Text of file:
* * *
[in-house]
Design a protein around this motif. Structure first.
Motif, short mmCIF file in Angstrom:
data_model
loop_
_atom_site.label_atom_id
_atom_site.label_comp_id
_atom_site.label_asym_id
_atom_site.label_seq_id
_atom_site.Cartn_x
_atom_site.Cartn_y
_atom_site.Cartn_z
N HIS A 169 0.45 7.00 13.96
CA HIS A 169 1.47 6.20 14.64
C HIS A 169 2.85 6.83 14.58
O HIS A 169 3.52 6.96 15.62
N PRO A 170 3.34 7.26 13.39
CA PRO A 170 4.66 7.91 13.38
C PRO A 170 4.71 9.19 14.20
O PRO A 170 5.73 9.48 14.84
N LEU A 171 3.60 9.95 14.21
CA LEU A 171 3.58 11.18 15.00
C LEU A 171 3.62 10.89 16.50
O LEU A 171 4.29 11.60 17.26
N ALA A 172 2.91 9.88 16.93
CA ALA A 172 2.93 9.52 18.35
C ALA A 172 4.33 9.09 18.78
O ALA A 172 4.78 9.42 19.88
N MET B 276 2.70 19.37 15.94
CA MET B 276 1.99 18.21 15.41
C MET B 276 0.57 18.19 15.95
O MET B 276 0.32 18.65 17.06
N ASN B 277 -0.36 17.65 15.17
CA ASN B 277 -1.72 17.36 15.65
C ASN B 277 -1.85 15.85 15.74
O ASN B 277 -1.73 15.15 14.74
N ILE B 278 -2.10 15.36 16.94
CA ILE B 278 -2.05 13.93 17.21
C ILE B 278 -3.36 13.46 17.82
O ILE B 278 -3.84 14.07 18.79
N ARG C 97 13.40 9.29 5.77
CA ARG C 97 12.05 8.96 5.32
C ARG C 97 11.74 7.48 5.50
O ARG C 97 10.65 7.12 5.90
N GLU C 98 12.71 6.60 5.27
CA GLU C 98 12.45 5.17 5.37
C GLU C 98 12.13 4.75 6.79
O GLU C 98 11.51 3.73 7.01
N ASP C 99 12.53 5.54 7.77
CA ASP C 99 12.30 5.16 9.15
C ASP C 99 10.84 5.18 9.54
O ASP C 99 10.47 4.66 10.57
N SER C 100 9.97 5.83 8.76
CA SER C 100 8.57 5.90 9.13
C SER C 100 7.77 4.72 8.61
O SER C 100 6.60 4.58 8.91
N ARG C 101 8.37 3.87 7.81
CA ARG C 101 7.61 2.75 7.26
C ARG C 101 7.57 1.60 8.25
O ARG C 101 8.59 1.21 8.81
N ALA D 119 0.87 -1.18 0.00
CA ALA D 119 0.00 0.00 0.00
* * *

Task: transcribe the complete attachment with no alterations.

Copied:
[in-house]
Design a protein around this motif. Structure first.
Motif, short mmCIF file in Angstrom:
data_model
loop_
_atom_site.label_atom_id
_atom_site.label_comp_id
_atom_site.label_asym_id
_atom_site.label_seq_id
_atom_site.Cartn_x
_atom_site.Cartn_y
_atom_site.Cartn_z
N HIS A 169 0.45 7.00 13.96
CA HIS A 169 1.47 6.20 14.64
C HIS A 169 2.85 6.83 14.58
O HIS A 169 3.52 6.96 15.62
N PRO A 170 3.34 7.26 13.39
CA PRO A 170 4.66 7.91 13.38
C PRO A 170 4.71 9.19 14.20
O PRO A 170 5.73 9.48 14.84
N LEU A 171 3.60 9.95 14.21
CA LEU A 171 3.58 11.18 15.00
C LEU A 171 3.62 10.89 16.50
O LEU A 171 4.29 11.60 17.26
N ALA A 172 2.91 9.88 16.93
CA ALA A 172 2.93 9.52 18.35
C ALA A 172 4.33 9.09 18.78
O ALA A 172 4.78 9.42 19.88
N MET B 276 2.70 19.37 15.94
CA MET B 276 1.99 18.21 15.41
C MET B 276 0.57 18.19 15.95
O MET B 276 0.32 18.65 17.06
N ASN B 277 -0.36 17.65 15.17
CA ASN B 277 -1.72 17.36 15.65
C ASN B 277 -1.85 15.85 15.74
O ASN B 277 -1.73 15.15 14.74
N ILE B 278 -2.10 15.36 16.94
CA ILE B 278 -2.05 13.93 17.21
C ILE B 278 -3.36 13.46 17.82
O ILE B 278 -3.84 14.07 18.79
N ARG C 97 13.40 9.29 5.77
CA ARG C 97 12.05 8.96 5.32
C ARG C 97 11.74 7.48 5.50
O ARG C 97 10.65 7.12 5.90
N GLU C 98 12.71 6.60 5.27
CA GLU C 98 12.45 5.17 5.37
C GLU C 98 12.13 4.75 6.79
O GLU C 98 11.51 3.73 7.01
N ASP C 99 12.53 5.54 7.77
CA ASP C 99 12.30 5.16 9.15
C ASP C 99 10.84 5.18 9.54
O ASP C 99 10.47 4.66 10.57
N SER C 100 9.97 5.83 8.76
CA SER C 100 8.57 5.90 9.13
C SER C 100 7.77 4.72 8.61
O SER C 100 6.60 4.58 8.91
N ARG C 101 8.37 3.87 7.81
CA ARG C 101 7.61 2.75 7.26
C ARG C 101 7.57 1.60 8.25
O ARG C 101 8.59 1.21 8.81
N ALA D 119 0.87 -1.18 0.00
CA ALA D 119 0.00 0.00 0.00